While most of us associate Australia Day with 26 January, in 1915 that date was celebrated as Foundation Day and only in New South Wales, as each of the colonies had their own commemorations for their founding. During the First World War, the concept of a national ‘Australia Day’ was instead part of a wider fundraising plan where money was raised by declaring a special ‘day’ on which events such as auctions, stalls, performances and street collections were held to encourage the community to contribute to the war effort. Belgian Day, for example, held on 14 May 1915, was one of the first of these occasions.
Fundraising ribbon for Australia Day, 30 July 1916.
It may have been the enlistment of her four sons that inspired Mrs Ellen Wharton-Kirke of Manly, New South Wales, to suggest an ‘Australia Day’ to the New South Wales Premier, Sir Charles Wade. Her eldest, Captain Errol Wharton-Kirke, having previously served with the Australian Naval & Military Expeditionary Force in New Guinea, enlisted with the AIF on 16 April 1915 and served with 18 Battalion in France. He was killed in action on 4 August 1916. Private Basil Everal Wharton-Kirke, enlisted on 19 February 1915 and was posted to the 2nd Australian General Hospital. Wounded at Gallipoli in October, Basil was invalided home and discharged on 21 February 1916. Lieutenant Hunter Wharton-Kirke enlisted on 13 April 1915 and served with 17 Battalion. He was awarded the Military Cross for his actions on 5 June 1918 and returned to Australia in June 1919. Clement Wharton-Kirke appears to have served with British forces. Mrs Wharton-Kirke had seen the generosity of the Australian people during other fundraising days and saw an ‘Australia Day’ as a way of drawing on the pride of Australians in their soldiers’ recent achievements at Gallipoli. 30 July 1915 was the date agreed upon, and events were held across all of Australia.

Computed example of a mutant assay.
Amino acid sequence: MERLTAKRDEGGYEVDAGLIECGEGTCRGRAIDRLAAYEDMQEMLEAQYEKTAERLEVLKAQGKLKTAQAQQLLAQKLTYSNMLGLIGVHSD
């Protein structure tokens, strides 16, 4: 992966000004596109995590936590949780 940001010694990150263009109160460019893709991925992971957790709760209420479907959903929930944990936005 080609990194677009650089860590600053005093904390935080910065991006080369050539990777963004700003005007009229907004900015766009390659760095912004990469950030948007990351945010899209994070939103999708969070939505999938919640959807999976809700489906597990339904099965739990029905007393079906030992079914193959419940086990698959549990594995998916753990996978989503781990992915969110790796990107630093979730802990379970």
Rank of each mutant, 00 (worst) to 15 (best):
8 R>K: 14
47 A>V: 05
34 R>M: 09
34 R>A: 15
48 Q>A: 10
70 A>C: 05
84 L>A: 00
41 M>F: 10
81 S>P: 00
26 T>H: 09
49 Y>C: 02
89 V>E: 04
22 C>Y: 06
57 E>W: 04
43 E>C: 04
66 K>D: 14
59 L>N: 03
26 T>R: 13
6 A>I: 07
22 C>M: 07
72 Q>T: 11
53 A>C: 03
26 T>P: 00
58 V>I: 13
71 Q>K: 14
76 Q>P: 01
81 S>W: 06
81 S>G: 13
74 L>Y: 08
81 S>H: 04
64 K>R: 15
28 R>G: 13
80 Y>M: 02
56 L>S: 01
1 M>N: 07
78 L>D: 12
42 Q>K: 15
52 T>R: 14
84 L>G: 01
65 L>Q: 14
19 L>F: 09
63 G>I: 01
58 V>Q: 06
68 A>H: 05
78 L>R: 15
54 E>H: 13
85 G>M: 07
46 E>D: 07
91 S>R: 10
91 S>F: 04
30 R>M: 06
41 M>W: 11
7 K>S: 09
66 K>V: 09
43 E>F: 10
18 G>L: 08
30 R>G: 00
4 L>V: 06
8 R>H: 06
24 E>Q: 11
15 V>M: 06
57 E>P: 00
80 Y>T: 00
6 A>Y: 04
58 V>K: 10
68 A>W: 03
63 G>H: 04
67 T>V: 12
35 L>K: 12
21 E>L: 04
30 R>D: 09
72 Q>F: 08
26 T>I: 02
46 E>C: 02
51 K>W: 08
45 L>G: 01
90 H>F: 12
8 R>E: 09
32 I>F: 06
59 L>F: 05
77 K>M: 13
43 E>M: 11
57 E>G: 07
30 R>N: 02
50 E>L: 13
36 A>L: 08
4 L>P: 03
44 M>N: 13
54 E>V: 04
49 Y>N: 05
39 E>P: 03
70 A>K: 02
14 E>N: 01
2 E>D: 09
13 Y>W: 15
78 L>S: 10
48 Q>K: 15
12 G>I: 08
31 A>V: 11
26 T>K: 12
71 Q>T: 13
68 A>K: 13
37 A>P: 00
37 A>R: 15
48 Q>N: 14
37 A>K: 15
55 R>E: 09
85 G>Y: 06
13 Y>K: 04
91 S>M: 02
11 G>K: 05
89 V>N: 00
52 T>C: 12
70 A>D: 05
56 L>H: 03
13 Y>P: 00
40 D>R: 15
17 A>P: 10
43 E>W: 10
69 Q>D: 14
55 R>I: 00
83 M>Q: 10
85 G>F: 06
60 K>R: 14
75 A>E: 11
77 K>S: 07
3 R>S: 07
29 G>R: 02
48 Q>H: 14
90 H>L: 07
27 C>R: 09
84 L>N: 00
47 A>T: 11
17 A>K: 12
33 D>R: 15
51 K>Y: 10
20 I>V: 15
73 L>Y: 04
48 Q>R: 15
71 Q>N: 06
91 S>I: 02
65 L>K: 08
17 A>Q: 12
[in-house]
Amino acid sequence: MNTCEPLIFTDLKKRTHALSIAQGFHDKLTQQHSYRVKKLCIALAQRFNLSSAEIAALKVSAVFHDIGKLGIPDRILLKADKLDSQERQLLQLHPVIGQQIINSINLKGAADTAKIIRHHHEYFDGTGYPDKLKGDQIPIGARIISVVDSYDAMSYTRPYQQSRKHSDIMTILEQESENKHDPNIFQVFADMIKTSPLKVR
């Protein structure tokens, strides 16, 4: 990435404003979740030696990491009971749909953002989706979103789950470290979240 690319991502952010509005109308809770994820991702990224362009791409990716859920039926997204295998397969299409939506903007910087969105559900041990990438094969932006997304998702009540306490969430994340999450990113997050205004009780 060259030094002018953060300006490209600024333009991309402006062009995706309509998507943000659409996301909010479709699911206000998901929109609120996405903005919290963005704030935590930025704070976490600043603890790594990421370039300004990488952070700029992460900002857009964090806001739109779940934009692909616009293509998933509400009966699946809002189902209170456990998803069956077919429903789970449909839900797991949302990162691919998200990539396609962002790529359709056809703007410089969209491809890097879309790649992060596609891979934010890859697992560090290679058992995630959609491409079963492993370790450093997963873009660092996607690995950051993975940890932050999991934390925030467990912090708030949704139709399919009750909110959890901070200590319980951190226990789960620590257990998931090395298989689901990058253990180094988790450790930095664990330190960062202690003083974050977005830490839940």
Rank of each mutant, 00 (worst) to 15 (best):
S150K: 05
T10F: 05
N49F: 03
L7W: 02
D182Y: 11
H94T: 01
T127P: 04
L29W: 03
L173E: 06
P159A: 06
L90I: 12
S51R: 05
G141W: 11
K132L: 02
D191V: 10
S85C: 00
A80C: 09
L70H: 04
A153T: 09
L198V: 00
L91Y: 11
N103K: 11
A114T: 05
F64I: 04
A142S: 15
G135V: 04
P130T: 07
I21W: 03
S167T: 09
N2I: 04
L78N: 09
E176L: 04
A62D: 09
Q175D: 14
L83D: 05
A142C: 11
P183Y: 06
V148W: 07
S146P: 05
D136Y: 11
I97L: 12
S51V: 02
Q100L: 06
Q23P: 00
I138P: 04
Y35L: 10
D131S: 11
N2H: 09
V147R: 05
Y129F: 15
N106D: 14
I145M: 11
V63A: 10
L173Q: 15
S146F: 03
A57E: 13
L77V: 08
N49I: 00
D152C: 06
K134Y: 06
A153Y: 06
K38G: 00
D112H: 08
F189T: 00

Above: Patriotic fundraising matchbox
Above: Identification tag for authorised vendor
Ribbons, badges, handkerchiefs, buttons and other items, like this matchbox, were sold to raise funds, with phrases such as ‘For Australia’s Heroes’, ‘Help Our Wounded Heroes’ and ‘The Turks Struck their Match in the Australians’ which appealed to people’s sense of pride and patriotism. From a population of just under 5 million people, the day raised over 311,500 pounds in Victoria and more than 839,500 pounds in New South Wales. In today’s figures that would be close to $623,000 and $1.7 million respectively.
In recognition of her efforts, the NSW Premier arranged for a gold medalet to be presented to Mrs Wharton-Kirke. It is one of only four commemorative Gallipoli medalets that were struck in solid gold. Thousands of medalets were produced in gilded or silvered bronze to commemorate the landing on 25 April 1915. Mrs Wharton-Kirke’s was specially engraved with ‘Pres to ELLIE WHARTON-KIRKE BY SYDNEY CITIZENS 25.7.1915’.
Above: Mrs Wharton-Kirke's gold Australia Day commemorative medalet.
Supporting the troops through patriotic fundraising was also a way that those unable to fight could contribute to the war effort. Edward Davison purchased this handkerchief on the first nominated Australia Day, 30 July 1915. Davison had been unable to enlist at the outbreak of war because, at only five foot two and three quarter inches, he did not meet the minimum height requirement for the AIF. When the minimum height was lowered at the beginning of 1916, Davison enlisted on 11 January. After basic training he was assigned as a private to B Company, 34 Battalion, service number 404, and sailed for service on the Western Front aboard the HMAT A20 Hororata in May 1916. During the Battle of Messines in June 1917, Davison was wounded in the arm and spent six weeks recovering in hospital. He returned to Australian in May 1919. The success of ‘Australia Day’ in 1915 saw a repeat of similar events the following year, this time on 28 July, and in the subsequent years of the war.